Then I wondered how many of the actors on that stage have adopted children from other countries, or given up their comfortable homes to put their money where their mouths are, ministering to the countless sick and unwashed in our country and others. I wonder if they have endured what my family and countless other individuals and families have endured to bring children across oceans into their families and homes in the United States, while knowing others simply walk into the country with ease thanks to lax enforcement of immigration laws.
Why should our family have had to struggle so mightily to bring our children into this country, only to be threatened with a “punch in the face” for seeking to protect our naturally born and adopted children from the terrorism occurring in our country and across the world, due in part to lax immigration laws and enforcement? That makes us willing to “destroy the weak and the disenfranchised and the marginalized”? Haven’t we international adopters done the exact opposite?
Notice Who Is Breaking Windows and Who Isn’t
For eight years I endured President Obama and his policy of stepping into every single civil rights infraction he perceived, no matter how small. Does no one remember the “Beer Summit“?
I do. At that moment I began to understand I am a white person. No matter how he crowed about racial equality, I was someone our president disliked and distrusted because of my skin color. I remember beginning to actually feel dread that I might be fined or even thrown into jail for not coming into lockstep agreement with the Obama administration’s ideals of tolerance.
When you’re an evangelical Christian and other evangelicals are losing their businesses and livelihoods for no other reason than not wanting to bake a cake, or take photos, or supply a venue for a gay wedding due to your beliefs, it’s concerning. It makes you wonder which religion is to be tolerated, and which is to be mocked and denigrated all under the banner of “tolerance, equity and inclusion.”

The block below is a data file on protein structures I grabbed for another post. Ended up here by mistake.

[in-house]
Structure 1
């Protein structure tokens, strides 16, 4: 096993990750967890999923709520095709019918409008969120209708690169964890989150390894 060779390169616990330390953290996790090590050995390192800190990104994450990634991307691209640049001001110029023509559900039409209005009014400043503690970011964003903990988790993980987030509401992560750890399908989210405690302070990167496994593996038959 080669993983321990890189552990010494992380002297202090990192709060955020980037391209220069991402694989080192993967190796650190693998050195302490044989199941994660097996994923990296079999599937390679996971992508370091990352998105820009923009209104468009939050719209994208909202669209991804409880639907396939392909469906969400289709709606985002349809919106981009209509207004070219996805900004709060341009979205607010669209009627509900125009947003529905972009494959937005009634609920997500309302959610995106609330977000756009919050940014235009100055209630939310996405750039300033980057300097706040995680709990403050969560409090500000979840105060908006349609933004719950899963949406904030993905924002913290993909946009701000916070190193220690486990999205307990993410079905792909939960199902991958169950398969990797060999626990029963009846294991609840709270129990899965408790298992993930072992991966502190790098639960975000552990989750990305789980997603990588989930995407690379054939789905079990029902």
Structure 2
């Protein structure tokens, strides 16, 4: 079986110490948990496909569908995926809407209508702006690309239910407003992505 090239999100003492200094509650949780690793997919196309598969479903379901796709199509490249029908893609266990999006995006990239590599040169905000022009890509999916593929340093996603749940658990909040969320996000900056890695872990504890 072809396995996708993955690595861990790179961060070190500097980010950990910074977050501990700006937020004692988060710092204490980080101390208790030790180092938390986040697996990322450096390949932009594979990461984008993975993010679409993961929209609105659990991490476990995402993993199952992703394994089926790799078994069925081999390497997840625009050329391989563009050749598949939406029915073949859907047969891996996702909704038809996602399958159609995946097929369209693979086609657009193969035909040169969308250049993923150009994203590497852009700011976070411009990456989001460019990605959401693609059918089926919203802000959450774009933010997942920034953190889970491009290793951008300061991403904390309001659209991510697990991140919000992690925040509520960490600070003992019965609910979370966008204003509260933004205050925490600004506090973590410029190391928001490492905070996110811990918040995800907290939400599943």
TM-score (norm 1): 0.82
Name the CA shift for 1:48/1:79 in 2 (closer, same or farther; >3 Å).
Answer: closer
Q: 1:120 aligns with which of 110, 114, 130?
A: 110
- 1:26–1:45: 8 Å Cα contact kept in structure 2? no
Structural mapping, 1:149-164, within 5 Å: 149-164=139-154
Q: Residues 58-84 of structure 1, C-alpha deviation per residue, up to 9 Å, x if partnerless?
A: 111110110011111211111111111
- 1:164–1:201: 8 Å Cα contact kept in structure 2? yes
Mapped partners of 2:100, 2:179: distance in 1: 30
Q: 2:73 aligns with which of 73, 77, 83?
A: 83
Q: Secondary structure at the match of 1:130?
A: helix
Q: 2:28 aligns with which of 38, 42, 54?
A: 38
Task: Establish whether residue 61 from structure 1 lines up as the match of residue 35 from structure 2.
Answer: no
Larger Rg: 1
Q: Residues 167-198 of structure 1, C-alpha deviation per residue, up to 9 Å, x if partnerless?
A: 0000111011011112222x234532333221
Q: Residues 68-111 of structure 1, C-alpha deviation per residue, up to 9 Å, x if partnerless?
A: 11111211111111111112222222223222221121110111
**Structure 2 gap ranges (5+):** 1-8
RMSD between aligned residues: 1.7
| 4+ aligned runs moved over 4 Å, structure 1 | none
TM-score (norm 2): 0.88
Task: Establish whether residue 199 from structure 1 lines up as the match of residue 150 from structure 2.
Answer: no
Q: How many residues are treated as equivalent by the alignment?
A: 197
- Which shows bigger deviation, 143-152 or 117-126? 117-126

When you’re a white person sneeringly told you exemplify “white privilege,” a notion translated into policies by the president of the country in which you are a resident, how do you not feel marginalized and even threatened?
Evangelical Christians didn’t threaten to kill or punch people, or stop travel at airports, or block lanes of traffic to make our points. We merely paid our fines, disengaged from public life to “fly under the radar” of the Obama administration’s flaming “civil rights” sword, and waited. We waited until we could vote for “change” we believed in.
We voted, in droves, for the “change” Donald Trump promised, to Make America Great Again, because we thought it could end President Obama’s policies of selective equality and start some geared more toward the equality of all. We didn’t yell, scream, or create protest after protest. We just waited silently to pull the lever in the voting booth.
Hit the Pause Button On Your Irrational Behavior Already
Although President Trump’s 90-day vetting order has sparked cries of racism, Johnny Walker, Chris Kyle’s Iraqi translator, wonders, “What about all the other rich Muslim countries? They banned Muslim immigration from the very beginning. Saudi Arabia, the UAE, Bahrain, Qatar— are they racist, too?”
Although the media is full of stories and pictures describing rioting and protests in response, those of us in the middle—the ever-decreasing silent majority—support him. And there is reason to do so. Just a glance 8 US Code 1182 would point directly to enforceable code for foreigners entering this country that was clearly followed selectively (at best) in recent years. Why shouldn’t our incoming POTUS enforce current code? Our family had to follow these rules to adopt our kids. Why should others be exempt?
I know that we Christians are to get along with and even love our fellow man, but more and more I’m wondering how that highway is driveable. Hollywood and the progressive left seem to become more unhinged every day, clearly having no idea they are emotional beyond reason. How in the world is it possible for the emotion-driven to put aside their rage and engage the brain? I honestly don’t know, but I do know that the unraveling of society is making me sad—and nervous. A civilization this divided is in grave danger.